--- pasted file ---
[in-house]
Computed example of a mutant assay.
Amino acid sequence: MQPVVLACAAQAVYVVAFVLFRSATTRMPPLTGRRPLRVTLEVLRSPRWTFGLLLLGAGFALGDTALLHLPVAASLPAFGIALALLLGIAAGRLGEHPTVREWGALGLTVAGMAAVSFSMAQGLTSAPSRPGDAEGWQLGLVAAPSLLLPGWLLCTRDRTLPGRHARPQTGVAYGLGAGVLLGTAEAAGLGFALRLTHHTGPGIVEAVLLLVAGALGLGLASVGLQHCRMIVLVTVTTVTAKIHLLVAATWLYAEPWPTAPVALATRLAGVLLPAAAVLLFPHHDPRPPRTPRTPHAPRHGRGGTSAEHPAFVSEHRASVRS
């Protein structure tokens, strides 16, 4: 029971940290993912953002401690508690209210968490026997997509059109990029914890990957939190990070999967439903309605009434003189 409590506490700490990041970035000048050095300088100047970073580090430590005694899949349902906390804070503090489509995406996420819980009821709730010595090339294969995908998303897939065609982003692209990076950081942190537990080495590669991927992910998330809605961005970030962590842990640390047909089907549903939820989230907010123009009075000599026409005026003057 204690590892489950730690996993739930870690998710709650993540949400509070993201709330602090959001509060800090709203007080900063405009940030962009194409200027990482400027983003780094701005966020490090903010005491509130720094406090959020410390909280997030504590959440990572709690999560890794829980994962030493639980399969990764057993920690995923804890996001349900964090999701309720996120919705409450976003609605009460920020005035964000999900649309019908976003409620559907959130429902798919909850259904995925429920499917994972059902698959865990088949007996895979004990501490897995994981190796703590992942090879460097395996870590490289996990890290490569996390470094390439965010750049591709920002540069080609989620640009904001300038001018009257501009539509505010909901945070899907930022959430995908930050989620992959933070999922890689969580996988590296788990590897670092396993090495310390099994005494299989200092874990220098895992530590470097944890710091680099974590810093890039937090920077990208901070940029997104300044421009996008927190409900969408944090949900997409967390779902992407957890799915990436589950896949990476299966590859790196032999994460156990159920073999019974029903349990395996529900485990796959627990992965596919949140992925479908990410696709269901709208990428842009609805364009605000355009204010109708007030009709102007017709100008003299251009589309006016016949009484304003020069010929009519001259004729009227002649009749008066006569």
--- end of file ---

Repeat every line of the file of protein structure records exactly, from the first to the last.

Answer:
[in-house]
Computed example of a mutant assay.
Amino acid sequence: MQPVVLACAAQAVYVVAFVLFRSATTRMPPLTGRRPLRVTLEVLRSPRWTFGLLLLGAGFALGDTALLHLPVAASLPAFGIALALLLGIAAGRLGEHPTVREWGALGLTVAGMAAVSFSMAQGLTSAPSRPGDAEGWQLGLVAAPSLLLPGWLLCTRDRTLPGRHARPQTGVAYGLGAGVLLGTAEAAGLGFALRLTHHTGPGIVEAVLLLVAGALGLGLASVGLQHCRMIVLVTVTTVTAKIHLLVAATWLYAEPWPTAPVALATRLAGVLLPAAAVLLFPHHDPRPPRTPRTPHAPRHGRGGTSAEHPAFVSEHRASVRS
């Protein structure tokens, strides 16, 4: 029971940290993912953002401690508690209210968490026997997509059109990029914890990957939190990070999967439903309605009434003189 409590506490700490990041970035000048050095300088100047970073580090430590005694899949349902906390804070503090489509995406996420819980009821709730010595090339294969995908998303897939065609982003692209990076950081942190537990080495590669991927992910998330809605961005970030962590842990640390047909089907549903939820989230907010123009009075000599026409005026003057 204690590892489950730690996993739930870690998710709650993540949400509070993201709330602090959001509060800090709203007080900063405009940030962009194409200027990482400027983003780094701005966020490090903010005491509130720094406090959020410390909280997030504590959440990572709690999560890794829980994962030493639980399969990764057993920690995923804890996001349900964090999701309720996120919705409450976003609605009460920020005035964000999900649309019908976003409620559907959130429902798919909850259904995925429920499917994972059902698959865990088949007996895979004990501490897995994981190796703590992942090879460097395996870590490289996990890290490569996390470094390439965010750049591709920002540069080609989620640009904001300038001018009257501009539509505010909901945070899907930022959430995908930050989620992959933070999922890689969580996988590296788990590897670092396993090495310390099994005494299989200092874990220098895992530590470097944890710091680099974590810093890039937090920077990208901070940029997104300044421009996008927190409900969408944090949900997409967390779902992407957890799915990436589950896949990476299966590859790196032999994460156990159920073999019974029903349990395996529900485990796959627990992965596919949140992925479908990410696709269901709208990428842009609805364009605000355009204010109708007030009709102007017709100008003299251009589309006016016949009484304003020069010929009519001259004729009227002649009749008066006569």